Development / Infrastructure / New York City

A Bigger New York – Exploring the Waterfront.

On March 14th, 2011, Mayor Michael R. Bloomberg and City Council Speaker Christine C. Quinn announced the release of Vision 2020: New York City Comprehensive Waterfront Plan, a 10-year vision for the future of city’s 520 miles of shoreline. This plan provides a sustainable framework for more water transport, increased public access to the waterfront and economic opportunities that will help make the water part of New Yorkers’ everyday lives.

Michael Bloomberg

“New York City has more miles of waterfront than Seattle, San Francisco, Chicago, and Portland combined – but for decades, too many neighborhoods have been blocked off from it … We have made huge strides in re-connecting communities to the waterfront, and now we launching an ambitious plan that ties those projects together into what will be one of the most sweeping transformations of any urban waterfront in the world.  We will build new parks, esplanades and housing, reactivate job-creating industrial activity, introduce ferry service, clean the water, and make it easier to paddle and sail around the five boroughs.  Our waterfront and waterways – what we are calling New York City’s sixth borough – are invaluable assets, and when our work is complete, New York City will again be known as one of the world’s premier waterfront cities.”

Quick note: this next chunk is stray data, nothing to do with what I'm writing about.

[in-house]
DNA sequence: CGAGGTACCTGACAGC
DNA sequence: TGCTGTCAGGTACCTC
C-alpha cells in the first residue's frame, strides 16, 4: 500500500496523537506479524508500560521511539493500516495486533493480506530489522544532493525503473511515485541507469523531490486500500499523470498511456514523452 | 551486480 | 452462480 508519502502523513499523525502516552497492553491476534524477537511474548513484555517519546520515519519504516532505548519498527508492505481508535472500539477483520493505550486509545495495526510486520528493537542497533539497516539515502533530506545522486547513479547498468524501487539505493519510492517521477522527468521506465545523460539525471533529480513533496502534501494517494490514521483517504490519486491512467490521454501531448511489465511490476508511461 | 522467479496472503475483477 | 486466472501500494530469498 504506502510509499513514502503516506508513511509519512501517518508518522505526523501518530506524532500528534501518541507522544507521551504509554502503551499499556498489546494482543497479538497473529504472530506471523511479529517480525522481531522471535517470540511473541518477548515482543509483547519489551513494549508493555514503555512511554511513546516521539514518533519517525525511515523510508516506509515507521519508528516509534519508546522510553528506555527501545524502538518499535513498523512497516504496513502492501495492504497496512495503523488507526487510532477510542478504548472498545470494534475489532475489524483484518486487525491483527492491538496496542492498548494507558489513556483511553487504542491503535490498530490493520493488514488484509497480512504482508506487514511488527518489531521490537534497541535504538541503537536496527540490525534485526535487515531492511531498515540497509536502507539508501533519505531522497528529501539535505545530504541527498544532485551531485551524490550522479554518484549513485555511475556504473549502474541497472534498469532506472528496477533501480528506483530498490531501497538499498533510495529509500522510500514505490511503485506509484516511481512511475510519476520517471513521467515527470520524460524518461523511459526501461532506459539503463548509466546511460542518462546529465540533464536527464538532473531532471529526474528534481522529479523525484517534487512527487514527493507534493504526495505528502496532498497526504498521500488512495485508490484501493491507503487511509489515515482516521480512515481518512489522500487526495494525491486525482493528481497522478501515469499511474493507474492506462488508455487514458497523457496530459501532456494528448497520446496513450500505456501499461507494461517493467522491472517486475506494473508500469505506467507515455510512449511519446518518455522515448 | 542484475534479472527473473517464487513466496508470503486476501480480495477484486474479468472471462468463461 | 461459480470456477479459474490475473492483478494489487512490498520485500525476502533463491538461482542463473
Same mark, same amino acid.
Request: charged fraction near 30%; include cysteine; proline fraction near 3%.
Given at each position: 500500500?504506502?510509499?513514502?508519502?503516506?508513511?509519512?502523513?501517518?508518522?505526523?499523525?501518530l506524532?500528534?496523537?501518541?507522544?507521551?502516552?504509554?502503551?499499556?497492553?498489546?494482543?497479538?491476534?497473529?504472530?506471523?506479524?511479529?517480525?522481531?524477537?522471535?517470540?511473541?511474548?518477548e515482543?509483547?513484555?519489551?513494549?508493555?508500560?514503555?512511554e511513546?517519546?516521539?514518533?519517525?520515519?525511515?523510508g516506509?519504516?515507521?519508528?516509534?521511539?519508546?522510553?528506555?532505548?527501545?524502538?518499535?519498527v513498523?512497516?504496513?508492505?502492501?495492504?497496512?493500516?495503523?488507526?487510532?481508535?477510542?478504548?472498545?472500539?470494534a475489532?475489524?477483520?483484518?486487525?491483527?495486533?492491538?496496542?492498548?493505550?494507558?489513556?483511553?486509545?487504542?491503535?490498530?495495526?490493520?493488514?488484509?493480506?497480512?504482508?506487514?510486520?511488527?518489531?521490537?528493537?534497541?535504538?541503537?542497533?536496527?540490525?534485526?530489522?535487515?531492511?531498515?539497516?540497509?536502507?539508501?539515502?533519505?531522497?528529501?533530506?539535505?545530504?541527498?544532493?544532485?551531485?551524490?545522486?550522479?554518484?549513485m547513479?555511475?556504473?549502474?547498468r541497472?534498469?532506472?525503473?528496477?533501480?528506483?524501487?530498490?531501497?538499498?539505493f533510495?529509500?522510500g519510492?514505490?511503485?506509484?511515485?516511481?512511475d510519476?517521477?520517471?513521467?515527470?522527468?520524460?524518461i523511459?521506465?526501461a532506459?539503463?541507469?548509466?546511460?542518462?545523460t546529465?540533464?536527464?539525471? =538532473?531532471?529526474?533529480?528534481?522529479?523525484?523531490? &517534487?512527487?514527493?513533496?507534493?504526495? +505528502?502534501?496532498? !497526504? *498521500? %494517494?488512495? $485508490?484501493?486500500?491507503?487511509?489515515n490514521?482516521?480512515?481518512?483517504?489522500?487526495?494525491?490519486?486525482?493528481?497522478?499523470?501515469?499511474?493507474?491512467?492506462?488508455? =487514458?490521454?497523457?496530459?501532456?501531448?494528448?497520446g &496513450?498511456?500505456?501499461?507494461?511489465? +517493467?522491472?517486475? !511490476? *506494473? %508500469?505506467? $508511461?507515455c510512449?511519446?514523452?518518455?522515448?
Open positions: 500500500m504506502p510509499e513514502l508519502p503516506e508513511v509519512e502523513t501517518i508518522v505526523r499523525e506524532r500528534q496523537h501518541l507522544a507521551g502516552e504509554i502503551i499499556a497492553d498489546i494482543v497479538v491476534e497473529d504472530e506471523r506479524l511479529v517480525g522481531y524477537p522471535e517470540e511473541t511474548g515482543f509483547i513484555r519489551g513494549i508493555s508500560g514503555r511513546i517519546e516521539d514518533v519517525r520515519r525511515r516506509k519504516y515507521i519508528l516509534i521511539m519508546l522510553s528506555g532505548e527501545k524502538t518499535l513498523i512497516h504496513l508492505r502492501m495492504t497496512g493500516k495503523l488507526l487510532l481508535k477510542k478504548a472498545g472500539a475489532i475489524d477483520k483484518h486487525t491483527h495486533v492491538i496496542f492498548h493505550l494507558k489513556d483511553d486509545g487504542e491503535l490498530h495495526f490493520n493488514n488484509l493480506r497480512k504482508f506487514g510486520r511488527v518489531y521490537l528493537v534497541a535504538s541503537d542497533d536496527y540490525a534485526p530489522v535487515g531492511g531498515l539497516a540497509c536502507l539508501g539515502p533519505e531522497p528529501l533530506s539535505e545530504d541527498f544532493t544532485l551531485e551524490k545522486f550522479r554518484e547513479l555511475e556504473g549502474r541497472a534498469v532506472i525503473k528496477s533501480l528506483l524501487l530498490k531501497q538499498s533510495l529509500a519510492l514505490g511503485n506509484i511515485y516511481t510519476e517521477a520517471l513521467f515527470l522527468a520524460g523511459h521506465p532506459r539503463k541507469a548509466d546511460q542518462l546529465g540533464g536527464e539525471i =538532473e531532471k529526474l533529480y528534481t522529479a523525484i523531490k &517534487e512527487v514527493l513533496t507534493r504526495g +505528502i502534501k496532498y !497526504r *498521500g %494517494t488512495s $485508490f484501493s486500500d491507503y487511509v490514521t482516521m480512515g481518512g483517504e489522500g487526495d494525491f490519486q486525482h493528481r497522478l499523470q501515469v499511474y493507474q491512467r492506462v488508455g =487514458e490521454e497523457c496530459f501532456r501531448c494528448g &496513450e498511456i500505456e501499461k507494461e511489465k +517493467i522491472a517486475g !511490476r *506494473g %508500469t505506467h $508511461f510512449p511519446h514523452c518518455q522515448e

Mayor of New York City, Michael Bloomberg

The New York City Waterfront


Following standard procedure, the waterfront plan was already submitted to the City Council, Public Advocate, Borough Presidents and all 59 Community Boards. This expensive but necessary upheaval of the NYC waterfront will be made possible with a grant provided by the New York Department of State through the Environmental Protection Fund.